David Pogue at the New York Times wrote an interesting piece about naming in the web 2.0 era:
These days, startups take the lazy way out: they choose goofy-sounding nonsense words. They think they’re being clever by being unclever.
These are all actual Web sites that have hit the Web in the last year or so: Doostang. Wufoo. Bliin. Thoof. Bebo. Meebo. Meemo. Kudit. Raketu. Etelos. Iyogi. Oyogi. Qoop. Fark. Kijiji. Zixxo. Zoogmo.
These startups think that these names will stick in our minds because they’re so offbeat, but they’re wrong. Actually, all those twentysomething entrepreneurs are ensuring that we won’t remember them. Those names all blend together into a Dr. Seuss 2.0 jumble.
(Quote from David Pogue in the New York Times)
I will agree that some of these names are pretty ridiculous; however, naming in the online world today is pretty damn difficult. In the old days, people had to go through the hassle to register a business or trademark a name to prevent someone from using the same name. Now, any domain name squatter can spend a few dollars to register the URL to prevent people from using it.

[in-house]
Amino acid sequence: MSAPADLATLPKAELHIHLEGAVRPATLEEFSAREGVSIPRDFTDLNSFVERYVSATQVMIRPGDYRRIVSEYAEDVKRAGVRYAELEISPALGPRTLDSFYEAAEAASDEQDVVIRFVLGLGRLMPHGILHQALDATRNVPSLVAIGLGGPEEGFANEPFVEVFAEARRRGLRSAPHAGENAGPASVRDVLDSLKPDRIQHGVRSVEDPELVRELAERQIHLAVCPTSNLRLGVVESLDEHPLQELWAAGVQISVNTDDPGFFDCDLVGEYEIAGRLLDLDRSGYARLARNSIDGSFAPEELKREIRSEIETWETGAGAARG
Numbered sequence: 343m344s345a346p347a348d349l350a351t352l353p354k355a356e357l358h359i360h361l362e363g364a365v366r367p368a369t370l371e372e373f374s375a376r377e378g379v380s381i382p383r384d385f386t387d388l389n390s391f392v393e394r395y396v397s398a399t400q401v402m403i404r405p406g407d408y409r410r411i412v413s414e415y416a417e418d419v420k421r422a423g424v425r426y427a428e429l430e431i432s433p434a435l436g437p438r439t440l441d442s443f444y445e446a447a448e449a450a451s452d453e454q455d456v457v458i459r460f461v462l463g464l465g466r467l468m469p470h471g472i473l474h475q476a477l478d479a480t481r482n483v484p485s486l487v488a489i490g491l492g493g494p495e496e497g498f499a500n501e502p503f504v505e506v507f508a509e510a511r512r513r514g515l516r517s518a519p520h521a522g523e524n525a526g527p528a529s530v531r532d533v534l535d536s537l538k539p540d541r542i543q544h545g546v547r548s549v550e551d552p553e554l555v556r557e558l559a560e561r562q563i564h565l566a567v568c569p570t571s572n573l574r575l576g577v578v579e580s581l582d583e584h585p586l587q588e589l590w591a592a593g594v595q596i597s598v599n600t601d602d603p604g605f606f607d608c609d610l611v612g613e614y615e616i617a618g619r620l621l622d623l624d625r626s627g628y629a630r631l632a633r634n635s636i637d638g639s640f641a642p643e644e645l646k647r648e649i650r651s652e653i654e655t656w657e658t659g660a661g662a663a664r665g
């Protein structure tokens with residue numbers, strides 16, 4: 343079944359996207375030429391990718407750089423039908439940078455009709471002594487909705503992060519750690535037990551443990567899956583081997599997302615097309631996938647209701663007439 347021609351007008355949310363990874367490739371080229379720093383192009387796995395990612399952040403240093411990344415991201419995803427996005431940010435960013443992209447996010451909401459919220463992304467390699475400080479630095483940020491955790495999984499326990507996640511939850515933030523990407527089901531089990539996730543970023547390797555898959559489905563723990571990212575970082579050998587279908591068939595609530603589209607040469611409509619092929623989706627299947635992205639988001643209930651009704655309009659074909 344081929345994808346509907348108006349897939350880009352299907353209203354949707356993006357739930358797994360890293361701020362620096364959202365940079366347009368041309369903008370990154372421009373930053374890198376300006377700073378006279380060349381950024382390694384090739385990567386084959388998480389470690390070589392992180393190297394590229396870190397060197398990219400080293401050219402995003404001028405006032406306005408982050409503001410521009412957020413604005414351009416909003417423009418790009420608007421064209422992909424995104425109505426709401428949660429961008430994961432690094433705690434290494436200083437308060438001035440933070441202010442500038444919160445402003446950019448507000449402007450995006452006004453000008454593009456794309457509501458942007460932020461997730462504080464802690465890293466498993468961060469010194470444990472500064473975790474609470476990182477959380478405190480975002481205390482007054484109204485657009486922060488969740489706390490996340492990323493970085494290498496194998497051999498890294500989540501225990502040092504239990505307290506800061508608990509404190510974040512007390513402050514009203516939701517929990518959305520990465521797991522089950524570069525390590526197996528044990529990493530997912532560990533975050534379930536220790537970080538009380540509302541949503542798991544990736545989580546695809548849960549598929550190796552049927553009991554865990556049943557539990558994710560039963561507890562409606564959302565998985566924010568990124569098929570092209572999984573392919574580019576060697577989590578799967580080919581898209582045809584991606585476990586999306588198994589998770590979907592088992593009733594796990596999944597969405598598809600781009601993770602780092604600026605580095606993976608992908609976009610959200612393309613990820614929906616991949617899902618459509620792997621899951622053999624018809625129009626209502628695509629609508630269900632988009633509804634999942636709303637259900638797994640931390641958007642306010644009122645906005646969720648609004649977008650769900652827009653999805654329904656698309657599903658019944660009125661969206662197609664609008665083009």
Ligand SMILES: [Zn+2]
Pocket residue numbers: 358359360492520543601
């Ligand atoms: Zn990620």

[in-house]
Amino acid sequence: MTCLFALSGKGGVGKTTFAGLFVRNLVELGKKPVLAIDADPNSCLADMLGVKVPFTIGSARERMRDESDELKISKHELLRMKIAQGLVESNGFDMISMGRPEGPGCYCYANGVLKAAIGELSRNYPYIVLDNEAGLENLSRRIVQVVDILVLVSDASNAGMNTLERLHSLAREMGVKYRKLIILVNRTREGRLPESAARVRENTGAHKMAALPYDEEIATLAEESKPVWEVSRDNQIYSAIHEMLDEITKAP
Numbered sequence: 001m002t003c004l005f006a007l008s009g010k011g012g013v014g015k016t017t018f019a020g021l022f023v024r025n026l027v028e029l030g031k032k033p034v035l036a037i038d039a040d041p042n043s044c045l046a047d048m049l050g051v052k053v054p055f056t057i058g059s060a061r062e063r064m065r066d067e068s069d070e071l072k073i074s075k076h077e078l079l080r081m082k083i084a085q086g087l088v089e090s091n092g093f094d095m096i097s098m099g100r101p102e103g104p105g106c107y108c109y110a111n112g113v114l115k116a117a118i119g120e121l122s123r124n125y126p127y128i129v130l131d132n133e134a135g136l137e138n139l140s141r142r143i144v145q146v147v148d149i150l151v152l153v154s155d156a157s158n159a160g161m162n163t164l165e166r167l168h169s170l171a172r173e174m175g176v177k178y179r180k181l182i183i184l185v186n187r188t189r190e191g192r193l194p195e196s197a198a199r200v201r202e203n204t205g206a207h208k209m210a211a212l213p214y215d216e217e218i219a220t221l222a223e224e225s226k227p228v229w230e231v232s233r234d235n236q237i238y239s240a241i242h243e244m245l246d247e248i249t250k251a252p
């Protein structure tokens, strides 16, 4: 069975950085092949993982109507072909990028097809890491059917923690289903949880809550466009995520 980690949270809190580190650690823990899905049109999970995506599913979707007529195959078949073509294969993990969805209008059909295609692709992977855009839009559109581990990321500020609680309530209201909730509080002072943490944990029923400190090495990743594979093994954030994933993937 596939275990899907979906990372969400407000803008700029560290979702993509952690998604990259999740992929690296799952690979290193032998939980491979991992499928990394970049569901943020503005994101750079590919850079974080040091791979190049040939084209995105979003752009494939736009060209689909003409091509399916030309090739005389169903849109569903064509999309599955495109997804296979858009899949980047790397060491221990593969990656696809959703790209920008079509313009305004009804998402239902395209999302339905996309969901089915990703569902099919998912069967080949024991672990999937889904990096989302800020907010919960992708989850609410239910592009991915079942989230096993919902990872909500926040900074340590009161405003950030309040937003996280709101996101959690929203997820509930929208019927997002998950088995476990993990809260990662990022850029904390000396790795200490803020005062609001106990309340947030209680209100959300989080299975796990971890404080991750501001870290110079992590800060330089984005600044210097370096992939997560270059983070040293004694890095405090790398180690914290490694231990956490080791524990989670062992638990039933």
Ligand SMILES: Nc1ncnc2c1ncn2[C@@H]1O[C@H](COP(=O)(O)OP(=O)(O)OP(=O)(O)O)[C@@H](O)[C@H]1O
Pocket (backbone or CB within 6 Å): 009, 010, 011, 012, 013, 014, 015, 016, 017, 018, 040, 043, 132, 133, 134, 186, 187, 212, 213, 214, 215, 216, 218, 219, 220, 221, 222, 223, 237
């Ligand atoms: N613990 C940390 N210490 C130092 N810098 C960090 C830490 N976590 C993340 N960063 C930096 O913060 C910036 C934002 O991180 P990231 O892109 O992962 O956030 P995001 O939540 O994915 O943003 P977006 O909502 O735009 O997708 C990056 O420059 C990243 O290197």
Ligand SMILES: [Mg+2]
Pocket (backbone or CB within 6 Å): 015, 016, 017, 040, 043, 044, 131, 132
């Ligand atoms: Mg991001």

As a result, all of the good names are “taken” and you have to get pretty creative to find a name that has an available URL and sounds good at the same time. We’ve been trying to name our non-profit for the past month, and just haven’t been able to come up with anything good. Maybe I’ll try browsing through Dr. Seuss books for inspiration. “And then, just to show them, I’ll sail to Ka-Troo/And Bring Back an It-Kutch a Preep and a Proo/A Nerkle a Nerd and a Seersucker, too!” (Quoted from If I Ran the Zoo). OK, maybe not.